हिन्दीಕನ್ನಡമലയാളംதமிழ்తెలుగు

Asia Cup postponement not a good omen

Published: Sunday, December 11, 2005, 23:53 [IST]
 
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Lahore:The postponement of the six-nation Asia Cup will hamper the development of cricket in the region and deprive the sport of much-needed revenue, an official said.

"It (postponement) is a significant loss to cricket in the continent, because the finances generated were due to be spent on development," Ashraful Haq, chief executive of the Asian Cricket Council, told AFP on Sunday from Kuala Lumpur.

The biennial event scheduled in Pakistan early next year was postponed last week over India's complaint that their players faced a gruelling schedule and it would not be feasible to hold the tournament.

Defending champions Sri Lanka, India, Pakistan, Bangladesh, the United Arab Emirates and Oman were due to take part in the event scheduled from February 16-28.

Hosts Pakistan, who have yet to hold the event since it began in 1982, agreed to India's request to postpone the limited-overs tournament.

Haq said the event now cannot be held until 2008.

"Since the schedules of teams at international level are so hectic it would not be possible to hold the Asia Cup until 2008," he said, adding, "an ideal opportunity to distribute funds among member countries was wasted."

Haq said 18 Asian countries would be hurt by the postponement.

"Countries like Oman, Afghanistan, Hong Kong, Nepal and the Maldives needed these funds to raise the infrastructure, but they now have to wait for a few more years," said Haq, a former secretary of the Bangladesh Cricket Board.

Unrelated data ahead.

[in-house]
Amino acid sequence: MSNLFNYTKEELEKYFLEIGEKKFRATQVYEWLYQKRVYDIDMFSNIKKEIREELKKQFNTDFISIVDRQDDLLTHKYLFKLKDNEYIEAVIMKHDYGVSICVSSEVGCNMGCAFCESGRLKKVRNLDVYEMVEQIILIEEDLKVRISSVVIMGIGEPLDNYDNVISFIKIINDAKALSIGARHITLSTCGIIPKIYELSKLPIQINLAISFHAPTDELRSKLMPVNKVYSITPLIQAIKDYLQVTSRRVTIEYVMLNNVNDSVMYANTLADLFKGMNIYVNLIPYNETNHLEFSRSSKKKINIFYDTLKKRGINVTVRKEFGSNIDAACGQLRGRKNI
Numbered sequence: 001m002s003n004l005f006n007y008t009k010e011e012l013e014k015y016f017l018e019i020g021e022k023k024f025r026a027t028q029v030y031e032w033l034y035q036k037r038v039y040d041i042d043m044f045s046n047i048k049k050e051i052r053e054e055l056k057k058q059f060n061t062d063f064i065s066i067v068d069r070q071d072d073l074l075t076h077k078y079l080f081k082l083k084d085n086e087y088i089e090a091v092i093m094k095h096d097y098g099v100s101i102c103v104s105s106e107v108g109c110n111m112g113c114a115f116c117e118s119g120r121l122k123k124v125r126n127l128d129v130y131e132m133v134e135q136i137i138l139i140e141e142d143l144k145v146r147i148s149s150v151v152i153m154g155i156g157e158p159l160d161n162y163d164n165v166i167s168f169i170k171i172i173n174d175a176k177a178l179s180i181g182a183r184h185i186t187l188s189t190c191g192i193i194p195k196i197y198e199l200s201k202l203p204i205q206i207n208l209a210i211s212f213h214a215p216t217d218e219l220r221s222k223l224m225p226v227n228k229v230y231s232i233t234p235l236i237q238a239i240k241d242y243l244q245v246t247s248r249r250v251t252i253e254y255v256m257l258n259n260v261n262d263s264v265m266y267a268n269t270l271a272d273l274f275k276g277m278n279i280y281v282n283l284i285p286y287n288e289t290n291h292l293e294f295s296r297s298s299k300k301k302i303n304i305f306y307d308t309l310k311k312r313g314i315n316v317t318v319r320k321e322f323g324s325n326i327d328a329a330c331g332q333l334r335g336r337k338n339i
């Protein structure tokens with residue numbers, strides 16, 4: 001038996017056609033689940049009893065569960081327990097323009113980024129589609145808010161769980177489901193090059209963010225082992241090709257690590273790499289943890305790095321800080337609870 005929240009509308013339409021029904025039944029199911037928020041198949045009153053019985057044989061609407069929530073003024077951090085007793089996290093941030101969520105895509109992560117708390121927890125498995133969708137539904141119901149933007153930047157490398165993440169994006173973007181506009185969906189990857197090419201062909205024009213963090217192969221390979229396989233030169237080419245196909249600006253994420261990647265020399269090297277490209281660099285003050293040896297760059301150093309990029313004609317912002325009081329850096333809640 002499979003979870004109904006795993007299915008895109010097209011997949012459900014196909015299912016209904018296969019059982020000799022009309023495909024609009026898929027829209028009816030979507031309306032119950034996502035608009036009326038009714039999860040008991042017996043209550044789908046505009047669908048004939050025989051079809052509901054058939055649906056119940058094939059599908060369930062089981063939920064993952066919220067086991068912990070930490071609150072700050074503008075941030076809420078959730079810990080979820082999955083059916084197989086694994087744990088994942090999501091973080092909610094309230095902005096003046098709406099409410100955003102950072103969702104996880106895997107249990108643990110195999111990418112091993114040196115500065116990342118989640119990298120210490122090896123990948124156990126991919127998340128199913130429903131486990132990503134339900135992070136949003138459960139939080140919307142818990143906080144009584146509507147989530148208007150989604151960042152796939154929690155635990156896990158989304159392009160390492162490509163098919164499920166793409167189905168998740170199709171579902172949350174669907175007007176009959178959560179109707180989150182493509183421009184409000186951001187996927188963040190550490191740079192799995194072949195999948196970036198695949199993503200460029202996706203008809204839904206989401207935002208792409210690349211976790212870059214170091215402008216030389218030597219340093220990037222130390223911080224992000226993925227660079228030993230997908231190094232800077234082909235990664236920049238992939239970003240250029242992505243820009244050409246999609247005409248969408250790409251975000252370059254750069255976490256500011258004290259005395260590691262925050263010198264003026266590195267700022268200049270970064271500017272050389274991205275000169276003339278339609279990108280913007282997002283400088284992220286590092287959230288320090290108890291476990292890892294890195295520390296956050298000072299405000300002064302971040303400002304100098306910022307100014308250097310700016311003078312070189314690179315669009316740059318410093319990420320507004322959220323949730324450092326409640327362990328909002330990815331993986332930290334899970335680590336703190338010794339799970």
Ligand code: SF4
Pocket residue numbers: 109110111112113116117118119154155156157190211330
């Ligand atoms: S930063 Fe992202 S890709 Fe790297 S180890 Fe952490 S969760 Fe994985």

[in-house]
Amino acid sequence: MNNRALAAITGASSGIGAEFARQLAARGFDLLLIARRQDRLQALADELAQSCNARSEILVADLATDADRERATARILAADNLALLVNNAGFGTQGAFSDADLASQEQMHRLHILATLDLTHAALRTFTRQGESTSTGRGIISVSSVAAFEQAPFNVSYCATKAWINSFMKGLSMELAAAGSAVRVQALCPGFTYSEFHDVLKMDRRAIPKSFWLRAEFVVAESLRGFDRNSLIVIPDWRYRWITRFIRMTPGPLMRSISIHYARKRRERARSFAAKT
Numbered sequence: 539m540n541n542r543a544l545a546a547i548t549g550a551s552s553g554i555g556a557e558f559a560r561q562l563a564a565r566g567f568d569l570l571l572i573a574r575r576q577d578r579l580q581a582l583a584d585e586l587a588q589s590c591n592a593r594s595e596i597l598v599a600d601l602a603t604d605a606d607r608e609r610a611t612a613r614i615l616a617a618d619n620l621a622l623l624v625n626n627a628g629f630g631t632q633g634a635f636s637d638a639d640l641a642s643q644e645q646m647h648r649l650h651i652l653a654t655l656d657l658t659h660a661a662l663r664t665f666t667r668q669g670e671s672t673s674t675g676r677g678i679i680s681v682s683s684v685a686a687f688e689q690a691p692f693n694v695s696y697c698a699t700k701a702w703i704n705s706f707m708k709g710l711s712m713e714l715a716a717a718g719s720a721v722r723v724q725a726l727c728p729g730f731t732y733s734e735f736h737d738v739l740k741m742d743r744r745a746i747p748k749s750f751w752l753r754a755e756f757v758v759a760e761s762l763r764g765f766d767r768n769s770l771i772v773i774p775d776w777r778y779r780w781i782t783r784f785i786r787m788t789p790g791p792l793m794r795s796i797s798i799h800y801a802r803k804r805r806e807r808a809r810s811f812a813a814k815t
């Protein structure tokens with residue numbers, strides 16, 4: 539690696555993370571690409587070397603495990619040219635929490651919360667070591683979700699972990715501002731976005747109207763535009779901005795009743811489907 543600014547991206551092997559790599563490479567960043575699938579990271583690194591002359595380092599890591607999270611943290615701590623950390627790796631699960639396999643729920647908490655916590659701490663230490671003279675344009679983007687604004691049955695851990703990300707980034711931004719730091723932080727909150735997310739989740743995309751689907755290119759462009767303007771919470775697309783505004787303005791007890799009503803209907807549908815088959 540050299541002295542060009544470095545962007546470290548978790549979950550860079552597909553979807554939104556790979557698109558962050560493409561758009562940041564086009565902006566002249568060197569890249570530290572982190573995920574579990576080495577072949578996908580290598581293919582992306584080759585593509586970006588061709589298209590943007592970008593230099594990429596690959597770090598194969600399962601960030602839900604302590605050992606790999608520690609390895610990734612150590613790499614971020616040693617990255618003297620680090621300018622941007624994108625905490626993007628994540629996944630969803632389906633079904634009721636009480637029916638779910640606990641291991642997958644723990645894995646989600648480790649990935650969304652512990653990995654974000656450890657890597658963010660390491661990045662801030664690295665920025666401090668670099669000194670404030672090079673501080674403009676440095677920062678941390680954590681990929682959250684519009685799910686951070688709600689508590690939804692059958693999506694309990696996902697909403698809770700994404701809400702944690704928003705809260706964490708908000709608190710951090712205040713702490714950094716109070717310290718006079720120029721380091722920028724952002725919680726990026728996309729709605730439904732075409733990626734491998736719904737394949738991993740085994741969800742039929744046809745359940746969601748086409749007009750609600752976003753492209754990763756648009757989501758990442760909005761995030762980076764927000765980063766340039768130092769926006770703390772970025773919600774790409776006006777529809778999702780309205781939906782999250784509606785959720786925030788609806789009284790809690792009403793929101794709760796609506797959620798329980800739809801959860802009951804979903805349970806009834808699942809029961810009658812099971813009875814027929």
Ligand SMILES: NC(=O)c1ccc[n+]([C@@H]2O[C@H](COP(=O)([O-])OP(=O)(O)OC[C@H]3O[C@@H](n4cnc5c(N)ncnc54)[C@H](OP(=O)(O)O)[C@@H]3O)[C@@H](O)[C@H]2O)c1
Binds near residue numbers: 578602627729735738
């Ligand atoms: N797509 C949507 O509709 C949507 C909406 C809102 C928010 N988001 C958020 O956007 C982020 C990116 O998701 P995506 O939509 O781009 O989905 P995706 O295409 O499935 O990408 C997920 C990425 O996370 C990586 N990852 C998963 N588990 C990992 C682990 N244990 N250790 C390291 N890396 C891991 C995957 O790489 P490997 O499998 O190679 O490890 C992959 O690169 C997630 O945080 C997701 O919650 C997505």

The Asia Cup was expected to generate around 16.5 million dollars from television rights and sales.

The Asian Test-playing countries -- India, Pakistan, Bangladesh and Sri Lanka -- received 2.5 million dollars each from the 19 million dollars in revenues from the Asia Cup held in Sri Lanka last year.

Hong Kong and the UAE, who featured in the Asia Cup 2004, received 300,000 dollars each, while the rest of the fund was spent on developing cricket in the associate member nations.

The postponment of the Asia Cup, however, allowed India to finish next year's tour of Pakistan early and push forward the dates of their home series against England by a week.

England now arrive in India around mid-February to play three Tests and seven one-day internationals.

The ninth edition of the Asia Cup was planned by Asian Cricket Council chief Jagmohan Dalmiya whose faction lost in the BCCI (Board of Control for Cricket in India) elections last month.

Dalmiya also stepped down as ACC president. His place is due to be taken by new BCCI chief Sharad Pawar until India's term expires in June next year.

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